Welcome to Aaru’s Awakening, a beautiful 2D platformer that just can’t seem to find enough ground (and I mean that literally) to be called a good game.
Platforms: PlayStation 3, PlayStation 4, Xbox One, PC, Mac, Linux
Genre: 2D Platformer
In my experience with 2D platformers, which honestly is not that much, I have not exactly been impressed. From the few I’ve played so far, they are usually incredibly difficult with a story that isn’t very substantial, and the gameplay typically features an uninteresting gimmick that you wish didn’t exist. They’re also generally very short. The only 2D platformer I’ve played that I genuinely enjoyed was the Castle of Illusion remake from 2013. So, I went into Aaru’s Awakening wishing that it would change my mind.
Sadly, Aaru’s Awakening simply furthered my disappointment with the 2D platformer genre. There are some areas where Aaru’s tale of becoming guided by his own actions succeeds, but in the end, the flaws of this game are too critical for the good parts to shine too brightly.
+ Aaru’s Awakening is a gorgeous game. Not necessarily due to realism and high-resolution textures, but because of the art direction. It’s strongly fantasy-based, and it looks incredible.
+ The movement is very fluid if performed the right way. Charging through walls and teleporting feels great, and it provides a great base for the gameplay.
+ There’s a certain charm to Aaru’s Awakening that, despite many flaws in the game, keeps you coming back to finish. The charm doesn’t need to work for that long because of how short the game is, but regardless, I felt compelled to finish Aaru’s story through to the end.
+ Some replay value is added thanks to the time trial medals, which are given based on how fast you manage to complete each level.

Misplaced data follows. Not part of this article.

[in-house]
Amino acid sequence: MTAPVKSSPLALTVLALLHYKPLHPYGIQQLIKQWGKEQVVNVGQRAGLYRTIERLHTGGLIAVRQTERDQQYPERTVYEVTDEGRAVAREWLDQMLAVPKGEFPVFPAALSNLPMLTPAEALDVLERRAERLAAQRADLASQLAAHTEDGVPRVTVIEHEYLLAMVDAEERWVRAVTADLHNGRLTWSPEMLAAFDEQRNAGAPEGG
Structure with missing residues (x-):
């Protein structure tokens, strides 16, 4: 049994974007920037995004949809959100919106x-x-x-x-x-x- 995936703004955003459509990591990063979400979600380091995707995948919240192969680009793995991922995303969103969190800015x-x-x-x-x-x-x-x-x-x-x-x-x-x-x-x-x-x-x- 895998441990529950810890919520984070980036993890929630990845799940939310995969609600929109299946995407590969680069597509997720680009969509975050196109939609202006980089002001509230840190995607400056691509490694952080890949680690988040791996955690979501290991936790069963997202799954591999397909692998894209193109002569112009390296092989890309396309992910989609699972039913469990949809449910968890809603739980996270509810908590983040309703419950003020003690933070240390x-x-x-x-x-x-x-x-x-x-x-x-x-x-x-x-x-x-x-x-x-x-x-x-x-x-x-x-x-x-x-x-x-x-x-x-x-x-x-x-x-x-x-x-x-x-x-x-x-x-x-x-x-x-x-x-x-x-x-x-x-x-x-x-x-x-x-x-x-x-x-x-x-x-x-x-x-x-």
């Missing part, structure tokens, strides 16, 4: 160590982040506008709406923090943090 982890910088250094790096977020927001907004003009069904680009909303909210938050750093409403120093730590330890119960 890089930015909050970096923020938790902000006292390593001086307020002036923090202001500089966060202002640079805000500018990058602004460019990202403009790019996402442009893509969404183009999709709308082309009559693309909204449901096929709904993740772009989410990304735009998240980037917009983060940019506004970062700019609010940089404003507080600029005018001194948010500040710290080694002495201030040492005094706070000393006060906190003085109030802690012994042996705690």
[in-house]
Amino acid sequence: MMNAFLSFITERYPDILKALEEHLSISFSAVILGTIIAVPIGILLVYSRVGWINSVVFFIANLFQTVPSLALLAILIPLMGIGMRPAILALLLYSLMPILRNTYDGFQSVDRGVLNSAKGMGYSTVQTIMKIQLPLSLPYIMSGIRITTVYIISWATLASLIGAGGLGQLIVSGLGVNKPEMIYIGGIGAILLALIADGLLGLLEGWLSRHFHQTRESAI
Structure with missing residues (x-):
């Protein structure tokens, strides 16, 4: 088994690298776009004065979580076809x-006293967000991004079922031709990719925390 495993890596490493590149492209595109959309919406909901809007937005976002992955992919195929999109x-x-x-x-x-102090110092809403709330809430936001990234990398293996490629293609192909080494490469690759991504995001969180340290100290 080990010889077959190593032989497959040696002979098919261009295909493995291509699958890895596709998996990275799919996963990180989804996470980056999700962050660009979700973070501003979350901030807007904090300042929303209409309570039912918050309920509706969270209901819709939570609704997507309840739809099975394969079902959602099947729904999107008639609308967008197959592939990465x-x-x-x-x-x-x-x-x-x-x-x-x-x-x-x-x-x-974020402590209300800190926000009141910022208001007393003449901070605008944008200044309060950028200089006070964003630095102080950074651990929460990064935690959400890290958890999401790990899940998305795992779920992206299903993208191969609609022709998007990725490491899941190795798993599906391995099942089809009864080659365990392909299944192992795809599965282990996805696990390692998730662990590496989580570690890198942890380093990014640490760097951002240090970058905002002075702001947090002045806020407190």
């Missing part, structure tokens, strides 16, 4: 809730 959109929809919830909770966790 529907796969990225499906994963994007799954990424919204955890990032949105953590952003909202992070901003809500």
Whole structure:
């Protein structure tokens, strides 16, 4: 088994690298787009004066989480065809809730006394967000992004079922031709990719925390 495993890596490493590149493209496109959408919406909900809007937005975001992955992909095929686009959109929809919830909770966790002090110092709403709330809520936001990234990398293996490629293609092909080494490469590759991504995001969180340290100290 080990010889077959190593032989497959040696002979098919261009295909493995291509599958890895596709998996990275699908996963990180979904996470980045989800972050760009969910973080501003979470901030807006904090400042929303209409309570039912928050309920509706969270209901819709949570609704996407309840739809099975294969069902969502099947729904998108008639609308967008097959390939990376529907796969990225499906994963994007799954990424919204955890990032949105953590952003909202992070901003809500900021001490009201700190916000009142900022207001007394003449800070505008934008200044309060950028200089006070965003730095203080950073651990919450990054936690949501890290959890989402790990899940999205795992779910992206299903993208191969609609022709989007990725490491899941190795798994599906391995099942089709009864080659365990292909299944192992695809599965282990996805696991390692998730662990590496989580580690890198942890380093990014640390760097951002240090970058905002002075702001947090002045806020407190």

– One of the ways that the gameplay is ruined is how the camera stays focused on the same field of view around Aaru at all times, and never zooms out. This makes you take many “leaps of faith” where the game forces you to jump into a situation that you can’t prepare for except through trial and error.
– The gameplay is also hurt by the poor control of the teleportation orb. You will never get a good grasp on the direction you’re going to fire the orbs in because of how little control you get over them.
– There’s a good challenge, but sadly, most of it feels like cheap difficulty rather than an actual skill-based challenge, thanks to a mix of the “thread-the-needle”-based orb sections and the awful controls.
– You’ll get a good few hours out of playing as Aaru, but that’s only because of how much time you’ll spend dying over and over. Without such high difficulty, I think Aaru’s Awakening would be closer to 30 minutes to an hour. There’s not much content to keep you playing.
– The story is a bit too “in your face” to be worth much, while still managing to not give much detail to the narrative. It’s really not supposed to be the focus of everything, but it still would’ve helped to have something substantial and well written to give you motivation for playing, especially when the gameplay is as flawed as it is.
– The death screen is annoying, and stays on screen for far too long.
– Boss fights didn’t stand out as epic or notably meaningful. The third boss fight in particular felt much more like a chore than a boss fight thanks to a lack of control and too much trial-and-error play.
Aaru’s Awakening simply isn’t worth your time, regardless of how little time you’ll actually spend playing. Don’t get me wrong – it is not without some redeeming qualities – but in the end, the game still falls below the average line. There are too many obvious design flaws, too many frustrating levels, and too many blind jumps. The game is flawed in every aspect, even in the most simple ones like having a decent death screen. After I had all the trophies, I wasn’t too sad to get Aaru off my PS3’s HDD when I was done, and I don’t think anyone else will be either.